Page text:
Discovering Mexico’s Copper Canyon
Adventure, comfort and defying fear in Mexico’s Sierra Madre
by Betsy Sanz
My 10-year-old daughter was about to step off the edge of a sheer cliff, with nothing but 100 feet of air between her and the bottom of a canyon, deep in Mexico’s Sierra Madres. What, I asked myself, was I thinking? If her hook didn’t hold, or if the zip line collapsed, she would be toast. For several gut-wrenching moments I seriously questioned my quality as a mother.
Questioning myself was something I had frequently done over the course of the preceding five months. Every time I told someone that my husband and I were taking our kids to Mexico, I was forced to question myself because everyone was questioning me. Were we sure this was a good idea? Had we not been paying attention to the news?
The tribulations suffered in recent years by our nation’s southern neighbor are sobering, to be sure. One of the many casualties has been our own perception of Mexico as a destination. It’s a casualty that doesn’t only rob Mexicans of the tourism revenue; it robs us of rich experiences that Mexico has to offer, not the least of which are Las Barrancas del Cobre, known to us as the Copper Canyon.
Breathtaking and imposing, longer and deeper and greener than the Grand Canyon of the American Southwest, the Copper Canyon is the Mexican destination opposite the beaches – both directionally and experientially. It’s where paved roads are scarce and cell coverage is even scarcer; it’s where modern civilization and native cultures still collide; it’s where over 60 species of oak trees can be found and it’s where the reverberations of the Mexican Revolution are still being heard.
And it’s an ideal destination for a family adventure.
In the 90’s my parents took my then teenaged brother to Mexico, guided by Copper Canyon specialist (and my uncle’s wife) Sue Stilwell of S&S Tours. Sue is a blue-eyed blondie who speaks wonderful Spanish and champions the heart of the Mexican people whenever you give her your ear. My parents didn’t stop talking about the experience for years. Two decades later my husband and I have teenagers of our own, and we want what I expect most parents want from travel experiences: eye-opening, enriching, memorable fun. Safety is assumed… unless you start thinking about going to Mexico with your children in 2013.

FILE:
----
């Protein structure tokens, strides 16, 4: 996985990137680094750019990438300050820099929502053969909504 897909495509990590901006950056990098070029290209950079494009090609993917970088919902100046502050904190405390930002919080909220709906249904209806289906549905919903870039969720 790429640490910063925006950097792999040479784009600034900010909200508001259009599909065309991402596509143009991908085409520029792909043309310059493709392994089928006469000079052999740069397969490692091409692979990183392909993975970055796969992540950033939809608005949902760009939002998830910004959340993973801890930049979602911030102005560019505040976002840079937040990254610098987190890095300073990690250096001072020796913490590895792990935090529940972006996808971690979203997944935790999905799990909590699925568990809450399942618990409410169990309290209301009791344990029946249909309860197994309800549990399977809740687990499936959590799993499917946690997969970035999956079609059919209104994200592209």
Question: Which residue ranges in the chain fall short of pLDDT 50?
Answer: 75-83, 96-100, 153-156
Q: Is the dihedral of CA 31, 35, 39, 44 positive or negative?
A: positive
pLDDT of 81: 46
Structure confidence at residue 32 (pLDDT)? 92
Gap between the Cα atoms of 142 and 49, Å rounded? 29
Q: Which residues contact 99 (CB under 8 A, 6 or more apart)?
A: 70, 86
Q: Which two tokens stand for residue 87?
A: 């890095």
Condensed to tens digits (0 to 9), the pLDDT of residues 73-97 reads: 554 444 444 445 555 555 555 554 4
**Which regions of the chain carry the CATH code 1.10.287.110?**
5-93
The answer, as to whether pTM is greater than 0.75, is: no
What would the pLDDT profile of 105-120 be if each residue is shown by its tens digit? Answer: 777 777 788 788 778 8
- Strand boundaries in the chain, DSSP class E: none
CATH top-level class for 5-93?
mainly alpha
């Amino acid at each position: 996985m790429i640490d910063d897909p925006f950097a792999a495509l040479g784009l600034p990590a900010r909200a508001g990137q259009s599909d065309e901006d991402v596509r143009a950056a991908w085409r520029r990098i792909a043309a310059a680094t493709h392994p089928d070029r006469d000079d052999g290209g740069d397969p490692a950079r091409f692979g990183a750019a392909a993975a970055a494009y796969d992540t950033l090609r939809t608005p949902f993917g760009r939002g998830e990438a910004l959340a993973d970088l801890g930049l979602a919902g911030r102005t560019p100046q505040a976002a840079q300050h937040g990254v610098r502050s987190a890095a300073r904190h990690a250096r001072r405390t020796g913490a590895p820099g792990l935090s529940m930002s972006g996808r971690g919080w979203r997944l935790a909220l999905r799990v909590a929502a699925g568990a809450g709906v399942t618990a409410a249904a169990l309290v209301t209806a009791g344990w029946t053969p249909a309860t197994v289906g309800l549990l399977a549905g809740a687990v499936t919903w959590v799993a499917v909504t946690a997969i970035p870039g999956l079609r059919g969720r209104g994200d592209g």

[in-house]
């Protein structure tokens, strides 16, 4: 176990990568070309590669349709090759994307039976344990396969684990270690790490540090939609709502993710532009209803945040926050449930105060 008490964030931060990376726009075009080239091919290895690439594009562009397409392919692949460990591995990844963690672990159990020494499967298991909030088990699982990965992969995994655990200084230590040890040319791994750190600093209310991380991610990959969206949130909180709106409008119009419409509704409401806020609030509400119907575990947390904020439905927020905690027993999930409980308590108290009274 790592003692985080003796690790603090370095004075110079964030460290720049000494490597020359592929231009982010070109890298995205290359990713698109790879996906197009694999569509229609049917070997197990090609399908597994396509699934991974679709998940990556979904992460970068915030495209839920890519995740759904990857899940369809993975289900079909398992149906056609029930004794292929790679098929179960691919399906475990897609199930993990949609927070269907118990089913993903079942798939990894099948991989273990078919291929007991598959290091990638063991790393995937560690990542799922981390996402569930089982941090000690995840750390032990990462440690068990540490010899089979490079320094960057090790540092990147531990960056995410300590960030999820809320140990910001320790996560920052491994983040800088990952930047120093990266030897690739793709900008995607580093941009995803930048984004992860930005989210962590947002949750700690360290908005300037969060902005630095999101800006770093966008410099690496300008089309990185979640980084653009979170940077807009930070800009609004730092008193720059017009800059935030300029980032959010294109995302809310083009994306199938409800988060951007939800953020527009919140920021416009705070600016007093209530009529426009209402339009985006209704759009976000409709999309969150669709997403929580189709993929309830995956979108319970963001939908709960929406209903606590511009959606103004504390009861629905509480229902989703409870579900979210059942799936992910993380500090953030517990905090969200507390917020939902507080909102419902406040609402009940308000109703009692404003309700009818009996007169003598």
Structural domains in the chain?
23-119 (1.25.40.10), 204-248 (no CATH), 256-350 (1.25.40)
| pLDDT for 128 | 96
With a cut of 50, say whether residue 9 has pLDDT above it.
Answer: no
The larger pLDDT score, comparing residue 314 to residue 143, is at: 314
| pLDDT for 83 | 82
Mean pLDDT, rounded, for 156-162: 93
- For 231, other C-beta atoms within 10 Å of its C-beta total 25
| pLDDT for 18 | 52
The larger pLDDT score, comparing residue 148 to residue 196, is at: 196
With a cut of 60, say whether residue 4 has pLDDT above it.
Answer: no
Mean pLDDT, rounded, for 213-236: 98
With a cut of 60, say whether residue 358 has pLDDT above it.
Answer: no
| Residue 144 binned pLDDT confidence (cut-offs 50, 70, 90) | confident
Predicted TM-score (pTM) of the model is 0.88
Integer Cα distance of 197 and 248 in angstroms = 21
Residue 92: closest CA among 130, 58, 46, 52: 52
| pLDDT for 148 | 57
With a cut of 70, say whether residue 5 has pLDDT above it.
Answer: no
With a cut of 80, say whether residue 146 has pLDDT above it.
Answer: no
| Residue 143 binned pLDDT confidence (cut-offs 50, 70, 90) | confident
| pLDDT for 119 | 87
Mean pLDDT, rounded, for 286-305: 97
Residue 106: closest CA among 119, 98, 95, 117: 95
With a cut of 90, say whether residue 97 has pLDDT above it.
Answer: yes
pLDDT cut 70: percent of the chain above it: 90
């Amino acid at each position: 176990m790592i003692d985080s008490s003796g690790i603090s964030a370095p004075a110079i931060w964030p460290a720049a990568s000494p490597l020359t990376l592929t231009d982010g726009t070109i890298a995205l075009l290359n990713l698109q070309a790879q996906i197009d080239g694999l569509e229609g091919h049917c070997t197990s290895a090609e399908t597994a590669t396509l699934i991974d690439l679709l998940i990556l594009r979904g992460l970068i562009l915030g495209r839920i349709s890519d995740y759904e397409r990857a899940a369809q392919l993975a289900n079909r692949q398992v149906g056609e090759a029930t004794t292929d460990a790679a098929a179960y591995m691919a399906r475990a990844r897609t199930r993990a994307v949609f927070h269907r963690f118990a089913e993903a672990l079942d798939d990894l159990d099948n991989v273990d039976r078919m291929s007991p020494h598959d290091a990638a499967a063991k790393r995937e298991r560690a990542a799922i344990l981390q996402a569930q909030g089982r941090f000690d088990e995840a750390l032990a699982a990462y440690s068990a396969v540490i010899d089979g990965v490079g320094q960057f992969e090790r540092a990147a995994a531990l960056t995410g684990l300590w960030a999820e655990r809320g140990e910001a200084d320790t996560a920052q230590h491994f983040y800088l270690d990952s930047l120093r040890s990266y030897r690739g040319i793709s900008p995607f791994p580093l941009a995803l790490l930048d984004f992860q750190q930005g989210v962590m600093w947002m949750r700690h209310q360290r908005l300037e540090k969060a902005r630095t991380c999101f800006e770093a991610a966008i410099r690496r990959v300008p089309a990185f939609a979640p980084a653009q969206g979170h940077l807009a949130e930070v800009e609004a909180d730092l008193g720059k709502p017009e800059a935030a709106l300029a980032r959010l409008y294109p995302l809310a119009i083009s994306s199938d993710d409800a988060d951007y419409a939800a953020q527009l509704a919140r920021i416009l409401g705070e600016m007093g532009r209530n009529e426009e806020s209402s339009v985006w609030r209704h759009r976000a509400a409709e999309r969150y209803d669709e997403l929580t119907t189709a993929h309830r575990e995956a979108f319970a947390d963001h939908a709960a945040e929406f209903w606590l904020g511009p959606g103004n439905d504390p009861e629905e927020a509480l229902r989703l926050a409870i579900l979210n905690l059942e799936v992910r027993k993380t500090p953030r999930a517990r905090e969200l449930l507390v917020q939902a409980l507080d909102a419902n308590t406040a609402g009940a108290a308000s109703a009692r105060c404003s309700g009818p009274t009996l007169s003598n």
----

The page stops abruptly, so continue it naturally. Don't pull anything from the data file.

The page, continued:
When we considered a family trip to the Copper Canyon we turned to Sue, who for decades (including recent years) has been guiding small groups into the heart of the region– not by foot, but by rail. That’s how most people, and all tourists, get there.
Railroad aficionados from all over the world come to ride the train into the Copper Canyons. 90 years and $90 million in the making, with 408 miles of track, 86 tunnels and 37 bridges, El Ferrocarril Chihuahua Pacifico (“El Chepe”) is an engineering marvel and one of the most spectacular train rides on the planet. At one point the train makes a 180-degree turn inside a mountain; at another, it loops over itself. It passes waterfalls, hugs mountainsides and flies over rivers and gorges. The platforms between cars are secure, yet wide open, letting passengers lean out from waist up to get unfettered views of stunning landscapes.
It was near the completion of El Chepe in the 1960’s when lawyer Roberto Balderrama decided he would rather pioneer the hospitality industry in the Canyons than practice law. Today, under the management of his youngest son Bernardo, there is no better way for Americans – especially those with children – to tour the Copper Canyon system than with the Balderrama family of hotels.
An eleven-hour bus ride from the border city of Nogales found us in Los Mochis, a big city on the Sea of Cortez that is home to Hotel Santa Anita, known for its incredible cuisine (as are all the Balderrama hotels). From Los Mochis into the Copper Canyons and back again we were in the hands of Sue and the Balderrama family, who curated our experience without overwhelming us.
An hour inland from Los Mochis is the colonial town of El Fuerte, which is known as the “gateway” to the Copper Canyon and is home to the Balderrama Hotel Posada del Hidalgo. With tall arches giving entrance to deep porticos, heavy ten-foot doors, and fountained courtyards permeated by tropical warmth, the Hidalgo is a perfect confluence of Mexico’s colonial past and colorful present; at once elegant and welcoming, and utterly beautiful.
A storied history makes the Hidalgo a destination in itself. One portion of the hotel was originally the private residence of the de la Vega family. It is said that Diego de la Vega, the man believed to be behind the legend of Zorro, as a boy inhabited the southerwestern-most room. Proper homage is paid to El Zorro at the Hildalgo. In fact, he shows up at happy hour to brandish his sword, dance with the ladies and delight the children.
All six rivers that form the Copper Canyon system run into the El Fuerte River and out to the Sea of Cortez. From Hotel Posada del Hidalgo, Balderrama guides take their guests on an El Fuerte river float to spot rare birds, or on a riverside walk to discover Cahaita Indian petroglyphs that are thousands of years old.
From El Fuerte, a few hours on El Chepe took us deep into the Copper Canyons, going from sea level to 5,000 feet in a morning, past some of the most stunning sights that Mexico has to offer. At the small town at Bahuichivo a Balderrama bus awaited to take us to the tiny village of Cerocahui, 45 mountainous minutes away, with nothing in between.